Christian Smalls was a supervisor at Amazon’s JFK/Staten Island warehouse until Spring of 2020, at the beginning of the coronavirus pandemic. When he noticed workers had been falling ill on the job with severe flu-like symptoms, he approached his local HR department to inquire about workplace protection measures against Covid-19.
As he describes it, the company was unresponsive, merely giving employees the option to stay home without pay if they felt unsafe at the warehouse. Upon returning to work, Smalls noticed a visibly sick worker who, when he approached her, informed him she had gotten a Covid test. He sent her home, and hours later, a meeting between supervisors and managers, and learned of another positive case in the building two weeks prior. Upper management instructed Smalls not to alert the other employees, for fear of “causing a panic.”
That was Smalls’ last day on the clock at Amazon. After that, he took it upon himself to start organizing his fellow employees, who held a protest on March 30 outside the warehouse. Hours later, Smalls was fired.
His story got national press, and he was therefore the subject of a smear campaign orchestrated at the highest levels of Amazon, including Jeff Bezos himself, as well as former Obama press secretary Jay Carney, now senior VP at Amazon, who tweeted the following in response to Bernie Sanders’ criticism of their handling of Smalls’ case:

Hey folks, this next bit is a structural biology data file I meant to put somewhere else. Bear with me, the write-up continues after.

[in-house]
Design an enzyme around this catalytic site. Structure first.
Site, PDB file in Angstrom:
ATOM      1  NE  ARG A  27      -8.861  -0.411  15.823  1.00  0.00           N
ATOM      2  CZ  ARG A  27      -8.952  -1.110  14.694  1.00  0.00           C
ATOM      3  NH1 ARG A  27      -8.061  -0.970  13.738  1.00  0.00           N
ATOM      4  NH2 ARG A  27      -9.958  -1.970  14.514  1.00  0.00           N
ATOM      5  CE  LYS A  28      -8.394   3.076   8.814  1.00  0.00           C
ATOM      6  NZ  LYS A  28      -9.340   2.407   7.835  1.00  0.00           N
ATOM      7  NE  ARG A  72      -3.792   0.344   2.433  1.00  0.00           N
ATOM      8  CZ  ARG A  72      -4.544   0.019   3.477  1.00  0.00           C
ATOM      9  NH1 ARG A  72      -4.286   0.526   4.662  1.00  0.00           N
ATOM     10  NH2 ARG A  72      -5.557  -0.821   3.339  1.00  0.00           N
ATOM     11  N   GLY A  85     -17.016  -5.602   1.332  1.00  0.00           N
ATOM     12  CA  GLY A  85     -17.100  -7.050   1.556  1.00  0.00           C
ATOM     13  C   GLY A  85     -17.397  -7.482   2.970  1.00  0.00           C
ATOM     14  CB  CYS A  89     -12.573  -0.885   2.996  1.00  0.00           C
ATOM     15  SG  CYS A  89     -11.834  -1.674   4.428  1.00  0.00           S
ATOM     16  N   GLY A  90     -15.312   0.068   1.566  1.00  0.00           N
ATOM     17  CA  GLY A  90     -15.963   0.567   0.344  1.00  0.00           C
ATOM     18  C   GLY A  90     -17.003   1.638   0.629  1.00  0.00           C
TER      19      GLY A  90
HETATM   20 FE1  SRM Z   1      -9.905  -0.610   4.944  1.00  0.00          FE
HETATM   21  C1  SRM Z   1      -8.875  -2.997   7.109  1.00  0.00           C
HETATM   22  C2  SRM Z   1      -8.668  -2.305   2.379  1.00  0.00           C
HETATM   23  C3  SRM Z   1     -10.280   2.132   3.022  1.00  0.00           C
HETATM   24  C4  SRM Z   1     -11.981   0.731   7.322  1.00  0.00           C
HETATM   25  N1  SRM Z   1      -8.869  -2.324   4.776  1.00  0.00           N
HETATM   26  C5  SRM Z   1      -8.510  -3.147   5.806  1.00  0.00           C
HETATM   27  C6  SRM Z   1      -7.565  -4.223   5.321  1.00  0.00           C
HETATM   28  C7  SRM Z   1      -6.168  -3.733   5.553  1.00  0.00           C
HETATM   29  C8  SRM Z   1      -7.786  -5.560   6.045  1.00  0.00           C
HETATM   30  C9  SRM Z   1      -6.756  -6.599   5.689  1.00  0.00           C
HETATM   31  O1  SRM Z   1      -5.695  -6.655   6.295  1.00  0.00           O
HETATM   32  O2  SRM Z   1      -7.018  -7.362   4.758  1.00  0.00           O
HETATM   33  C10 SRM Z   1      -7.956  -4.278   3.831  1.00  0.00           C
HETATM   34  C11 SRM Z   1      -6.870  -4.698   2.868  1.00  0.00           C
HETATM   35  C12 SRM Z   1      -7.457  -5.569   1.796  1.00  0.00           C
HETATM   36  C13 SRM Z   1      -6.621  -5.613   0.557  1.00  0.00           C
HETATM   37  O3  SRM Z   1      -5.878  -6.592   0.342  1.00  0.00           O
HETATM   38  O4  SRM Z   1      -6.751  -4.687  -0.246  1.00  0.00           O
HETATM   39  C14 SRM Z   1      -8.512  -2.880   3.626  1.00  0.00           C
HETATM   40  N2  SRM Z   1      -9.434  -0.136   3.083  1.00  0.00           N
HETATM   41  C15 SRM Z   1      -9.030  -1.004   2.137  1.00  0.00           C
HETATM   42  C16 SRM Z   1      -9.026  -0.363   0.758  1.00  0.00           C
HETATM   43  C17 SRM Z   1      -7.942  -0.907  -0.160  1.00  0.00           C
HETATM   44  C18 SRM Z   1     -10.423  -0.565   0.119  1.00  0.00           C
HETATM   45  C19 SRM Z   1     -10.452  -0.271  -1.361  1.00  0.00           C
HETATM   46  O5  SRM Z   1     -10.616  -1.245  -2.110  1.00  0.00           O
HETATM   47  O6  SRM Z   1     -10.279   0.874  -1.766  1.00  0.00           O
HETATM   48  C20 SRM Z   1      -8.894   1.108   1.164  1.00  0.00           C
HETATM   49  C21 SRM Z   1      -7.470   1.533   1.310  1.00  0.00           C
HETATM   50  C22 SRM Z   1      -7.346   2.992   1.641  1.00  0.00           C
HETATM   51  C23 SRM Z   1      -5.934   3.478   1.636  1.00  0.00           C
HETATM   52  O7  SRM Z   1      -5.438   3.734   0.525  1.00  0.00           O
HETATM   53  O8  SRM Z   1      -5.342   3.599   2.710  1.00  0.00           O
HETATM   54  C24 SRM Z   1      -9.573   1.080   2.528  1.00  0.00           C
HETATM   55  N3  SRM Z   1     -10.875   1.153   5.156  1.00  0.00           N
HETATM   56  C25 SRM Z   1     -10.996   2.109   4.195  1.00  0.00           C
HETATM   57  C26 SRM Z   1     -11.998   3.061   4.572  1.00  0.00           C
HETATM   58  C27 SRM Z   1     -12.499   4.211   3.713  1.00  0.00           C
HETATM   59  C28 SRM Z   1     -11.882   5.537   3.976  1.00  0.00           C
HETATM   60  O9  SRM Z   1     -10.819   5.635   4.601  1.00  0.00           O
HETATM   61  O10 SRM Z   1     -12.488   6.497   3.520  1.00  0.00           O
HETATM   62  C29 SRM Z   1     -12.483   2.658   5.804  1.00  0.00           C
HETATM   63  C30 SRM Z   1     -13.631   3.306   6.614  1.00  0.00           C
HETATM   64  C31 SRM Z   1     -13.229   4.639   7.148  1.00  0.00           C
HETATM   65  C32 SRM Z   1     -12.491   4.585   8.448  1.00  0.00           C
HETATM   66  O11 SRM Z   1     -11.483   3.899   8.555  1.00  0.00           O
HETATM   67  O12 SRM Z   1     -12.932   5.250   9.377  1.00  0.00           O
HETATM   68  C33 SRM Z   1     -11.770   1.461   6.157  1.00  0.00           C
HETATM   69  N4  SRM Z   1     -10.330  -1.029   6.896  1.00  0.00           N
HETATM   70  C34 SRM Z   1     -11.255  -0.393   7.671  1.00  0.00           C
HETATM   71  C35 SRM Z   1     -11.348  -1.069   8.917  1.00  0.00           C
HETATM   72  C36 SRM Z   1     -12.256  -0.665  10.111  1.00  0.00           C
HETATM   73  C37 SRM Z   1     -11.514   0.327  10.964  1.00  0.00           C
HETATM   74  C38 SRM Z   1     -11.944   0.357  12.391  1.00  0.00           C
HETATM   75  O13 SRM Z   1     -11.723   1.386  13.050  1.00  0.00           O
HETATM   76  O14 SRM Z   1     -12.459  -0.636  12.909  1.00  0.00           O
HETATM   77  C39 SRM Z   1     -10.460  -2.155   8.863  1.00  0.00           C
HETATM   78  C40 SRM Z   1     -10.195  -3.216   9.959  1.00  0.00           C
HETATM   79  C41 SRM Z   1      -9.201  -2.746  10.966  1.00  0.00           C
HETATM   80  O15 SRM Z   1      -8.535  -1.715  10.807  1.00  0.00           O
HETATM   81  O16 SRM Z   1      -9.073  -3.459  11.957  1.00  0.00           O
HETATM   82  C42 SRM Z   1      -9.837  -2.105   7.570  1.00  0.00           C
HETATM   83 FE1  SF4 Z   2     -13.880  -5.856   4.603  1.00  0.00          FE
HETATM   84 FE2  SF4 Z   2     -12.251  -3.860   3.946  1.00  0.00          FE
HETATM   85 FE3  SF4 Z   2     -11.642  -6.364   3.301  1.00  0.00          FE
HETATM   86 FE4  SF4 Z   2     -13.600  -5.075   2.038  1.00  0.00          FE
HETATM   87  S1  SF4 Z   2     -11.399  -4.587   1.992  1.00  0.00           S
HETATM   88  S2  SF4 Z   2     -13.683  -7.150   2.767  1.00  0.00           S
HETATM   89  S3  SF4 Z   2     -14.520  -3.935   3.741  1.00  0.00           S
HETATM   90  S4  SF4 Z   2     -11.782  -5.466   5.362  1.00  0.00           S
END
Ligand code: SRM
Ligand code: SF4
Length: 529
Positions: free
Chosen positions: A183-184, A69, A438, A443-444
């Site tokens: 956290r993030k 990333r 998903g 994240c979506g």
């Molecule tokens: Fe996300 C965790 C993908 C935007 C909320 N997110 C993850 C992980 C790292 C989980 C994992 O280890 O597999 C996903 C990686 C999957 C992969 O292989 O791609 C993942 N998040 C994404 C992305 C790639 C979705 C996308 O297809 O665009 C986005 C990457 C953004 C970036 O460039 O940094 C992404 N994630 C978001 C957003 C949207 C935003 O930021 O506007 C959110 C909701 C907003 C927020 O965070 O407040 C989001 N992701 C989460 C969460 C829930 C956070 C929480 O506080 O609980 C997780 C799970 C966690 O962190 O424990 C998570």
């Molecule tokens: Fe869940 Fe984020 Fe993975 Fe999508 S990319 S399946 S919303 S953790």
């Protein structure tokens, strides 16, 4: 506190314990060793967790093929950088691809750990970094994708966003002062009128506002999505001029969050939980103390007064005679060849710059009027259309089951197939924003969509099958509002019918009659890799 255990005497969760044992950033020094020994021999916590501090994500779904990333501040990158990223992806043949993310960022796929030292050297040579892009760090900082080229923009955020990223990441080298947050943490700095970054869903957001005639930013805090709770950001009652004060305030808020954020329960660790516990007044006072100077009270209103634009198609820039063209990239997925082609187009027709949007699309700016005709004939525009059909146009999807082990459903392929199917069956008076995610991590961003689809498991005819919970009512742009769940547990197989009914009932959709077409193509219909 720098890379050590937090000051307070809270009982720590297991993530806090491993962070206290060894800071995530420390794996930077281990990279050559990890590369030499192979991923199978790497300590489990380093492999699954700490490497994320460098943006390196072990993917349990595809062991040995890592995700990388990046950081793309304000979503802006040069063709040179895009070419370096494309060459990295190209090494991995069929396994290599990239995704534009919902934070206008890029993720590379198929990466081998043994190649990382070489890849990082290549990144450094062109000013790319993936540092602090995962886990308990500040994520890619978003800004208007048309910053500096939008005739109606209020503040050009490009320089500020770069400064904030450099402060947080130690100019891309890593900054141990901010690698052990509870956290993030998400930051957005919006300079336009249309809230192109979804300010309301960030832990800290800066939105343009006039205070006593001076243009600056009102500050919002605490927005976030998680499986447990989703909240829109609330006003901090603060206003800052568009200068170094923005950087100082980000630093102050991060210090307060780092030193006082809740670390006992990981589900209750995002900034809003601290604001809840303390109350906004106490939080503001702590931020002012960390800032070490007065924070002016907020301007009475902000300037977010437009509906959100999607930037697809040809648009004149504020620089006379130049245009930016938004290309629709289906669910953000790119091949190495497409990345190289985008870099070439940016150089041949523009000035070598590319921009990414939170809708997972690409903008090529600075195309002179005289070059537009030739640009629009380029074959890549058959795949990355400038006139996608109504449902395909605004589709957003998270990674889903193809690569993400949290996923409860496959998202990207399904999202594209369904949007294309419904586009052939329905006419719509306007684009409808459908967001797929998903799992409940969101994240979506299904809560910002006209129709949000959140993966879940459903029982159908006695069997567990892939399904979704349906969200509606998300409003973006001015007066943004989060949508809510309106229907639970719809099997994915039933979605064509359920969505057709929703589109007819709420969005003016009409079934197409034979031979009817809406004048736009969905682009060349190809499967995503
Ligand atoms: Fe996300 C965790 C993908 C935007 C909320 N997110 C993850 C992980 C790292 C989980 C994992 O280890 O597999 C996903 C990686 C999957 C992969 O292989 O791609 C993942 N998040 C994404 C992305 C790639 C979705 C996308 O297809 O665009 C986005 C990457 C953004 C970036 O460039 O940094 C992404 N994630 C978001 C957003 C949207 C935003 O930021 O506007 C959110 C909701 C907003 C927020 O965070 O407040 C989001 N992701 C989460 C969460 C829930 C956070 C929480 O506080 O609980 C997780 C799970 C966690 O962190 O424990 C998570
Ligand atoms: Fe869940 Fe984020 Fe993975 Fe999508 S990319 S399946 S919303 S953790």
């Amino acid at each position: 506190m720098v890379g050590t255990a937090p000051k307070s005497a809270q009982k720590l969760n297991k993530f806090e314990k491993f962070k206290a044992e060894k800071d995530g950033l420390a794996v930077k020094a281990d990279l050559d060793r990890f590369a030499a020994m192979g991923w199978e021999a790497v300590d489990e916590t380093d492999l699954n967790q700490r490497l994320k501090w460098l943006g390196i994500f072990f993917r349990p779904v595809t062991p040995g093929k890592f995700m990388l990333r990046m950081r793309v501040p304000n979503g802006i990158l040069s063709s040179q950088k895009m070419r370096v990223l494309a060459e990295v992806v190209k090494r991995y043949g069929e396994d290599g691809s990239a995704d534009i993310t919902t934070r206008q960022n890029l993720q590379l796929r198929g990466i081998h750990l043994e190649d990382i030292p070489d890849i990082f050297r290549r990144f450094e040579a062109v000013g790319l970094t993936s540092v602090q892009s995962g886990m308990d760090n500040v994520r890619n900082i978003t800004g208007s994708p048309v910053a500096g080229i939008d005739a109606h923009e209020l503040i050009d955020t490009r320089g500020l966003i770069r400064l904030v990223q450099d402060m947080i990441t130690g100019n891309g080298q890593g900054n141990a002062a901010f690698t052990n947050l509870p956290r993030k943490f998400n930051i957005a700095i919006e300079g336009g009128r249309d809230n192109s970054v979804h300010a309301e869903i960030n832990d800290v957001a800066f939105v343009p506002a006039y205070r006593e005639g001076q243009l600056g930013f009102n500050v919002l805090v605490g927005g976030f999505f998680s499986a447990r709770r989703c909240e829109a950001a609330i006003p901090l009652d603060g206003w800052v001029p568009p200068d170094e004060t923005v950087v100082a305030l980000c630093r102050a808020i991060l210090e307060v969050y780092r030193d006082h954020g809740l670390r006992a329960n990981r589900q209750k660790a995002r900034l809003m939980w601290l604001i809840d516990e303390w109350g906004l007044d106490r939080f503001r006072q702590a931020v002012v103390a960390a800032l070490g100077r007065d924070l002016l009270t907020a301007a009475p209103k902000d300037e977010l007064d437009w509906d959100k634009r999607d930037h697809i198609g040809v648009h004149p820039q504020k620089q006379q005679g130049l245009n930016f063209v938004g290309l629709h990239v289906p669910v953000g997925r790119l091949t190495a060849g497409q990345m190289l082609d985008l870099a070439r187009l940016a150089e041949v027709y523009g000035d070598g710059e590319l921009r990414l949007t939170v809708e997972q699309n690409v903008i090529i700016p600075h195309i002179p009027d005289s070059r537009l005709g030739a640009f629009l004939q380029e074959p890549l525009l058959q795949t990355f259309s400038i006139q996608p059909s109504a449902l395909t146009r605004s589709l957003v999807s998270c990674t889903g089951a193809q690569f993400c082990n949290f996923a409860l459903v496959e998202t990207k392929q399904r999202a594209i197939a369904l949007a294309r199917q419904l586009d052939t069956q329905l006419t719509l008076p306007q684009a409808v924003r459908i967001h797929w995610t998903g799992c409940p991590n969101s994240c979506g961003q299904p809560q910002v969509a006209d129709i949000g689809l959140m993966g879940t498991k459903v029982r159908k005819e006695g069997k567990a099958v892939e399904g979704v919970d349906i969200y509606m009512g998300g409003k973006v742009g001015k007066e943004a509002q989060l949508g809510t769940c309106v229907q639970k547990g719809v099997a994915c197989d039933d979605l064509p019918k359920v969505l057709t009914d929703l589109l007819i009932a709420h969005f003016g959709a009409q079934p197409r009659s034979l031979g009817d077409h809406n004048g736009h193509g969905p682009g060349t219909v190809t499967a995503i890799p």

. @SenSanders, I’m confused. Thought you wanted us to protect our workers? Mr. Smalls purposely violated social distancing rules, repeatedly, & was put on Paid 14-day quarantine for COVID exposure. 3/30 he returned to the site. Knowingly putting our team at risk is unacceptable. https://t.co/WR49t6Qkij— Jay Carney (@JayCarney) April 1, 2020
The irony, which makes this Tweet especially Orwellian, is that Smalls’ protest was specifically designed to achieve a safer workplace environment. To then fire him on the grounds that he “repeatedly violat[ed] social distancing rules” is beyond absurd.
After being fired, Smalls became a full time activist and labor organizer, whose efforts continue to this day. He’s appeared on numerous podcasts, television shows, and online programs, and has been interviewed by dozens of major publications about his journey thus far and the path forward.
He founded the Congress of Essential Workers, who have organized several direct actions over the past year, and whose campaign continues in 2021. He also hosts the Issa Smalls World YouTube show and podcast.
He recently joined us on our podcast to discuss his journey, the upcoming Amazon union vote in Brimingham, Alabama, and the challenges and opportunities of building a 21st century labor movement. Listen to our full conversation by clicking the player below:
Photo: Fibonacci Blue